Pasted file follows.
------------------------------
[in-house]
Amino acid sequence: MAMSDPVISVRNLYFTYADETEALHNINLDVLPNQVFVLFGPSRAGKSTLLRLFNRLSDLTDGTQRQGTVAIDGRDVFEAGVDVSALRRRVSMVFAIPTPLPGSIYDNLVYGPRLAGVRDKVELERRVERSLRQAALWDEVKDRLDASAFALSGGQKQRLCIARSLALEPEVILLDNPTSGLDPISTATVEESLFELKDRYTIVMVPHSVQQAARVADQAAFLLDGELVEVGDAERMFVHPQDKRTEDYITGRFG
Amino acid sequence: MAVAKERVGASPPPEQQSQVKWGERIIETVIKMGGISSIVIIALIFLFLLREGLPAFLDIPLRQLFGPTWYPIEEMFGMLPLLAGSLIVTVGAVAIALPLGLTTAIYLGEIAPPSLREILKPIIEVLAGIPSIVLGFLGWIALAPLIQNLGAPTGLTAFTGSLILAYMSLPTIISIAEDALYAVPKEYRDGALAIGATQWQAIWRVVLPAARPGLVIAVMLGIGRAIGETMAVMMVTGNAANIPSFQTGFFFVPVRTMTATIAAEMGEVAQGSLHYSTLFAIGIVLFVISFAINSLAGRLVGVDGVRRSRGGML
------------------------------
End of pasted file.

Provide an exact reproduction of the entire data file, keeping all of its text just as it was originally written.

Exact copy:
[in-house]
Amino acid sequence: MAMSDPVISVRNLYFTYADETEALHNINLDVLPNQVFVLFGPSRAGKSTLLRLFNRLSDLTDGTQRQGTVAIDGRDVFEAGVDVSALRRRVSMVFAIPTPLPGSIYDNLVYGPRLAGVRDKVELERRVERSLRQAALWDEVKDRLDASAFALSGGQKQRLCIARSLALEPEVILLDNPTSGLDPISTATVEESLFELKDRYTIVMVPHSVQQAARVADQAAFLLDGELVEVGDAERMFVHPQDKRTEDYITGRFG
Amino acid sequence: MAVAKERVGASPPPEQQSQVKWGERIIETVIKMGGISSIVIIALIFLFLLREGLPAFLDIPLRQLFGPTWYPIEEMFGMLPLLAGSLIVTVGAVAIALPLGLTTAIYLGEIAPPSLREILKPIIEVLAGIPSIVLGFLGWIALAPLIQNLGAPTGLTAFTGSLILAYMSLPTIISIAEDALYAVPKEYRDGALAIGATQWQAIWRVVLPAARPGLVIAVMLGIGRAIGETMAVMMVTGNAANIPSFQTGFFFVPVRTMTATIAAEMGEVAQGSLHYSTLFAIGIVLFVISFAINSLAGRLVGVDGVRRSRGGML